Chapter 2 Page 3 | A warning lives on, mostly unheeded
The costs for common cosmetic surgery procedures in the Dominican Republic are roughly 40 to 70 percent less than they are in the United States. Dominican surgeons, particularly members of the Society of Plastic Surgery, felt that they were under assault by the U.S. media, by U.S. doctors, and by U.S. politicians because of their success in attracting U.S. patients. They thought that their skill and medical facilities had been unfairly maligned.
Their suspicions were raised by the fact that their statement went unreported in The New York Times or anywhere in the United States and that the initial story lived on in news releases and through references in other stories. As of January 2006, the U.S. State Department was still posting a warning on its travel advisory for the Dominican Republic:
The U.S. Embassy in Santo Domingo and the U.S. Centers for Disease Control and Prevention are aware of several cases in which U.S. citizens experienced serious complications or died following elective (cosmetic) surgery in the Dominican Republic. The CDC’s Web site contains further information for all patients seeking elective surgery overseas at http://www.cdc.gov/travel/other/elective_surgery_2004.htm.
Patients considering travel to the Dominican Republic for cosmetic surgery may also wish to contact the Dominican Society of Plastic Surgery (tel. 809-688-8451) to verify the training, qualifications, and reputation of specific doctors.
A similar report posted on the CDC’s Web site had been taken down months before, but the scare lived on. I assumed that business for plastic surgeons in the Dominican Republic had to have gone down the tubes. Negative publicity is bad enough when it involves a single doctor but the Times’ story was directed at the cosmetic surgeons and doctors of an entire country! What damage did it do to the country’s cosmetic tourism business? Surely, I thought, it had slowed to a trickle.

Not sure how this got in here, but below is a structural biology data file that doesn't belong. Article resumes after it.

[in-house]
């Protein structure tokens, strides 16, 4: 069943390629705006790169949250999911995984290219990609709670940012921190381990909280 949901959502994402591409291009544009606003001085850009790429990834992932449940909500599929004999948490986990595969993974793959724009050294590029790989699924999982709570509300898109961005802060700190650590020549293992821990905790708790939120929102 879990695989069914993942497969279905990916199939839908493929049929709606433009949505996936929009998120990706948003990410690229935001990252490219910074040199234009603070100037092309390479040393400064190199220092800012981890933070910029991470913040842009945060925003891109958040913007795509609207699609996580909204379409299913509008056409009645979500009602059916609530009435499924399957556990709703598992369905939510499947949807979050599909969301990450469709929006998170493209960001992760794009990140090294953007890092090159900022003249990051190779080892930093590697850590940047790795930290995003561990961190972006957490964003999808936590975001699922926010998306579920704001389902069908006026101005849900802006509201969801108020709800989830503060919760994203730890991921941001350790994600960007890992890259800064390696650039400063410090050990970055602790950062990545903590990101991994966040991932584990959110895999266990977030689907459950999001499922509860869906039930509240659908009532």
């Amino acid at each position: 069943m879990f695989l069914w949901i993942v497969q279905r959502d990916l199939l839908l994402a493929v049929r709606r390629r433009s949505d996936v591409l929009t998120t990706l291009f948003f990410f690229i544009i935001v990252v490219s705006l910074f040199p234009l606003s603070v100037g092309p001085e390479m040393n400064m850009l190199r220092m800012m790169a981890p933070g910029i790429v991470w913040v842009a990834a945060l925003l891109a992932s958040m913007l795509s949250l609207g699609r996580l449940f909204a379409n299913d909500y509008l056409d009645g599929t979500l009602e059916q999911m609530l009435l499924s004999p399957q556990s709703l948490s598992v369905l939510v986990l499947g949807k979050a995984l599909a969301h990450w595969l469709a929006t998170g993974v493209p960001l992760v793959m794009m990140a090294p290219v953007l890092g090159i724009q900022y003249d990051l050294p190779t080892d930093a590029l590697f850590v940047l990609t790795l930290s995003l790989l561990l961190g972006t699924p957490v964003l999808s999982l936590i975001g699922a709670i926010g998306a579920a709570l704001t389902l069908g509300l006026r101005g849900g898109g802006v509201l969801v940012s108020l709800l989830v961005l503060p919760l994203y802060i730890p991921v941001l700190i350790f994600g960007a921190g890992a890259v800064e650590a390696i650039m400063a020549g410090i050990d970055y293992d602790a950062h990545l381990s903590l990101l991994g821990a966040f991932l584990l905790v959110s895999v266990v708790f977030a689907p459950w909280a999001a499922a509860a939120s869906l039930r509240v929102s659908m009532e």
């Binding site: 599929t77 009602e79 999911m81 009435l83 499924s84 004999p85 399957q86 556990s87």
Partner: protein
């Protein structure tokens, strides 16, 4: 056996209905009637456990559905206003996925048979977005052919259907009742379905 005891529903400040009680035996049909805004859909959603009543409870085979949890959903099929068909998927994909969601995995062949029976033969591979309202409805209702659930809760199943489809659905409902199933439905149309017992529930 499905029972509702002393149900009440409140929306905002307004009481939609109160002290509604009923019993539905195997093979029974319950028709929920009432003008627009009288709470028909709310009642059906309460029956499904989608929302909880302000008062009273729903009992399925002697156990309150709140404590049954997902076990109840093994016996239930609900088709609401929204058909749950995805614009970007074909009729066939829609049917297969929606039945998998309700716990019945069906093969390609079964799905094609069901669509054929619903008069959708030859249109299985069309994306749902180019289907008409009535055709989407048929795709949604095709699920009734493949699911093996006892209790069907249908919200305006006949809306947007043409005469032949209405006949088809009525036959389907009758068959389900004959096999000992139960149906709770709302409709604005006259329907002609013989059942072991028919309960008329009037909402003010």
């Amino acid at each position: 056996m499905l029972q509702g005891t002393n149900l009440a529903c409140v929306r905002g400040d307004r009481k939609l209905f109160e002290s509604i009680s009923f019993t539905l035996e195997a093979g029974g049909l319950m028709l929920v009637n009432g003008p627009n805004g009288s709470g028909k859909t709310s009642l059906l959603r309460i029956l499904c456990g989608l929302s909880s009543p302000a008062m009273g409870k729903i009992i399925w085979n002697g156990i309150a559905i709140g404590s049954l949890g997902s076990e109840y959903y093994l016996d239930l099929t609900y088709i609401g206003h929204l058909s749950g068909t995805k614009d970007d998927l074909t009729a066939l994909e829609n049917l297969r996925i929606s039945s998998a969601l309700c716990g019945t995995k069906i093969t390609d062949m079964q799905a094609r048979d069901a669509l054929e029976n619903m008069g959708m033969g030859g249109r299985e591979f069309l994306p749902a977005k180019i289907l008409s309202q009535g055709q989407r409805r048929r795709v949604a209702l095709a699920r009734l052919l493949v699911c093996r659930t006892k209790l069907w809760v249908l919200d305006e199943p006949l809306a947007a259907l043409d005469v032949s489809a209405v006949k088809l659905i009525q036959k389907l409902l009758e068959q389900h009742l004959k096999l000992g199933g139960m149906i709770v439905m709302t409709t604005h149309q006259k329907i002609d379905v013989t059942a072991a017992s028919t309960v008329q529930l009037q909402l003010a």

If anything, business is better, Roberto Guerrero, M.D., of Santo Domingo told me a year after the story was published. Dr. Guerrero is a plastic surgeon who trained under Brazil’s Ivo Pitanguy, M.D.; it is a credential most U.S. plastic surgeons would love to have. “People heard more about us, about what we do. If anything, the story helped us.”
Dr. Guerrero, in a lengthy phone interview, defended the quality of surgery and the facilities available in the Dominican Republic. There are roughly 60 board-certified surgeons, and the requirements for certification are every bit as stringent as in the United States.
“The infections — they can happen anywhere. They happen in the U.S.,” he said. “We have doctors here who are not board-certified, who do cosmetic procedures … and you have that in the U.S. as well.”
But by then, Dr. Guerrero was telling me what I already knew — that there are supremely talented cosmetic and aesthetic surgeons working in the Dominican Republic in modern facilities, just as there are in Brazil, Costa Rica, Argentina, Mexico, and, of course, in the United States, and around the rest of the world. Like one woman told the Times: “There are good and bad doctors everywhere.”
(Author’s note: The CDC Internet page cited above no longer exists in 2009. However, the State Department warning about cosmetic surgery is still up, here; and the dated CDC report lives on, here — five years later. My guess is that it is a bureaucratic nightmare to get the State Department to remove such information.)